Friday, July 26, 2013

fly away Kentucky babe, fly away to rest...

The workshop I am attending is not a play event. We start very early and run almost without pause until evening.

But once again, I have a two hour window. Updates for Kentucky, for instance, are of little interest to me. Lunch, too, I can ignore. So, where to spend two free hours, smack in the middle of the morning?

Oh, I have no doubt about what I want to do. Visit Old Friends. (Disclosure: much of the info in this post comes from people who work with old and broken thoroughbreds.)

Because I wonder if you know this about thoroughbred racing: after the horse is past his (usually his, but sometimes her) winning years (those years pass very early -- for instance, the Kentucky Derby is a race for three year olds), after he provides stud services and sires the next generation of winners for great sums of money -- what do you think happens to those champions?

The answer is -- typically, nothing good. The owner or trainer does not want the horse. They want the next batch to work with. The value of a horse may drop from several million to zero. And so oftentimes they are sold to countries that love horse meat (I'm told Mexico, Canada and Japan are big buyers), or they're auctioned off on kill trucks.

So you ask -- why not give them an afterlife of pleasure riding? The answer is -- because they're ill suited for it. They're temperamental, brassy, dangerous and hard to work with. I'm told -- a stallion will turn you around if you try to ride him. They are bred to run, worked by experts. (In the US they are bred to sprint and run fast, in England they're bred to run tough tracks over long distances.)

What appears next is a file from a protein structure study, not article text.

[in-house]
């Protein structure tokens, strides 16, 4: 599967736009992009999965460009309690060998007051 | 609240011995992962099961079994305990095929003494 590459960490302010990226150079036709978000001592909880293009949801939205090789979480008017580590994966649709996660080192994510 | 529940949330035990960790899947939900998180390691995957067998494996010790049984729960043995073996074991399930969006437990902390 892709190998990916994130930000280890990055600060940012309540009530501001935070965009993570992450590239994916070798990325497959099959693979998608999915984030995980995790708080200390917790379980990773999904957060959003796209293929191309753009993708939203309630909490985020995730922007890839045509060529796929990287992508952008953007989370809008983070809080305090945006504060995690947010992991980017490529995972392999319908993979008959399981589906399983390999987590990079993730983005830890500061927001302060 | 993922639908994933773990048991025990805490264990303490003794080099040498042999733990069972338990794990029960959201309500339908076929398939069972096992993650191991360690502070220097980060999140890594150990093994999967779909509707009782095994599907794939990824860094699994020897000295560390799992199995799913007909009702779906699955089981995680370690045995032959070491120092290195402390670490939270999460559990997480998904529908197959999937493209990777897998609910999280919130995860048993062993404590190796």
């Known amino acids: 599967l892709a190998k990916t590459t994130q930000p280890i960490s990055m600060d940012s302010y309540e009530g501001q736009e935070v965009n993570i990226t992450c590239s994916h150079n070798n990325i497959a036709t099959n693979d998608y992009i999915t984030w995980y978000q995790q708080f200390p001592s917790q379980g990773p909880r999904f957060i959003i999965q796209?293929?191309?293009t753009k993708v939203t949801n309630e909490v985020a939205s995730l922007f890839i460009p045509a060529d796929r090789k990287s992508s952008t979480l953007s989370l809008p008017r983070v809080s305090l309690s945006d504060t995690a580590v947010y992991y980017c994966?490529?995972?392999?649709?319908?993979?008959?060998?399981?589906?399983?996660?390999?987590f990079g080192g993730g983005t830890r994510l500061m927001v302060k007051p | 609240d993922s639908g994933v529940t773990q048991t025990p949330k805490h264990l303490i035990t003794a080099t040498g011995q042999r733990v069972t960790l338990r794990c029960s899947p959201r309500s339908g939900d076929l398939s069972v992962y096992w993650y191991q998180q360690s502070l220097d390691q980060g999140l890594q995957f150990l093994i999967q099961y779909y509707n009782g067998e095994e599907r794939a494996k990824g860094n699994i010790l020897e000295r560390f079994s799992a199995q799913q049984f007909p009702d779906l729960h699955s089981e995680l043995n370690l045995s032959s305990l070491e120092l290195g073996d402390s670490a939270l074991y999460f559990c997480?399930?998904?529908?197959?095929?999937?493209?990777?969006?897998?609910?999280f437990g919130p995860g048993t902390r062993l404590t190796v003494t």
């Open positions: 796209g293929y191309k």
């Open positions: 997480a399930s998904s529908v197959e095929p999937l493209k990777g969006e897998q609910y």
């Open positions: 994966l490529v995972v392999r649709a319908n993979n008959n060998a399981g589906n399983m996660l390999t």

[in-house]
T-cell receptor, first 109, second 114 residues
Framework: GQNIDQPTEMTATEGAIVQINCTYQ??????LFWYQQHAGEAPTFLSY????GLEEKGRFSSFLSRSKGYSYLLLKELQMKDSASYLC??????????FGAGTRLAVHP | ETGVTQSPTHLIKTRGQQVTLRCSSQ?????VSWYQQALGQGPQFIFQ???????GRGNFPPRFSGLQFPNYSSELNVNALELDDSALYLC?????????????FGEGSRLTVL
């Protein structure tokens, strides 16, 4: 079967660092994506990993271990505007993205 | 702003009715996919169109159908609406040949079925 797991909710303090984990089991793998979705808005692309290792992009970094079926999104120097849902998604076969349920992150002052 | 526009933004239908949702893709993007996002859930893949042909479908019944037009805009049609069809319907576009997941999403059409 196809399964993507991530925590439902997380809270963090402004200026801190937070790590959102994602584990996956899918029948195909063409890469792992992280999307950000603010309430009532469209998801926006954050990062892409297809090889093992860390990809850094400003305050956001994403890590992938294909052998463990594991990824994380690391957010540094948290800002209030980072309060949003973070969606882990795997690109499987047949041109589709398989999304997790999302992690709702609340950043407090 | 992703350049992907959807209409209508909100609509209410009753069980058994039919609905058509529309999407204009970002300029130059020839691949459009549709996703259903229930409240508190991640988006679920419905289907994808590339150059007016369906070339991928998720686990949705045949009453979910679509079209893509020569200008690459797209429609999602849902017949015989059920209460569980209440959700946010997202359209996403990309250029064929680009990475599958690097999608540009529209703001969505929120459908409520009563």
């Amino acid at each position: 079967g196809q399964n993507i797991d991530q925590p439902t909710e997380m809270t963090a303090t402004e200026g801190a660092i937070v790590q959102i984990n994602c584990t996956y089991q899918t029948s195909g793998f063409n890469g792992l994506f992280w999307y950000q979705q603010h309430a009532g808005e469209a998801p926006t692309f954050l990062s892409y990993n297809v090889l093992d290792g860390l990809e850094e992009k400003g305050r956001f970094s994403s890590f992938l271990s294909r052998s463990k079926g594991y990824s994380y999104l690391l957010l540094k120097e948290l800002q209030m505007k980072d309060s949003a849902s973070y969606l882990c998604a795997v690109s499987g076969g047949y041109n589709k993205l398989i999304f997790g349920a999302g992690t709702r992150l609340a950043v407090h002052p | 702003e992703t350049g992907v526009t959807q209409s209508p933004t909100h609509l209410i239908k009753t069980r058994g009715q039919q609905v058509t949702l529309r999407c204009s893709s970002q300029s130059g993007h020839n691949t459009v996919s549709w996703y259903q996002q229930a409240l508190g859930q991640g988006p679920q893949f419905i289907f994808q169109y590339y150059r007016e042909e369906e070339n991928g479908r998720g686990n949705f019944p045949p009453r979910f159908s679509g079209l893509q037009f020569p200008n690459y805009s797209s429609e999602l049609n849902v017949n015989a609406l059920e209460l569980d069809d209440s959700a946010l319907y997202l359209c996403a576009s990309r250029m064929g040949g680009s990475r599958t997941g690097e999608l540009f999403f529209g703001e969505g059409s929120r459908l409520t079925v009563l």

Here's a description of Old Friends: (from the website) Founded in 2003 by former Boston Globe film critic Michael Blowen, Old Friends now cares for more than 130 horses across three states, most of them stallions whose racing and breeding careers came to an end. Most of these horses are here, in Lexington. And you can visit them. And these are the horses I want to see up close and personal. Forget the tours of the hallowed halls were the million dollar babies spend their time. I want to see the hasbeens.

Old Friends is a horse rescue, though it doesn't call itself that, because some of the horses here are sponsored (say by a wealthy person who feels compassion to an animal they've watched in the races). But most are not. And so when you visit, they virtually beg for donations. It costs close to $9000 a year to feed an animal here.

The visitor's center is no great mansion behind closed gates. It's a tiny yellow house at the side of the road.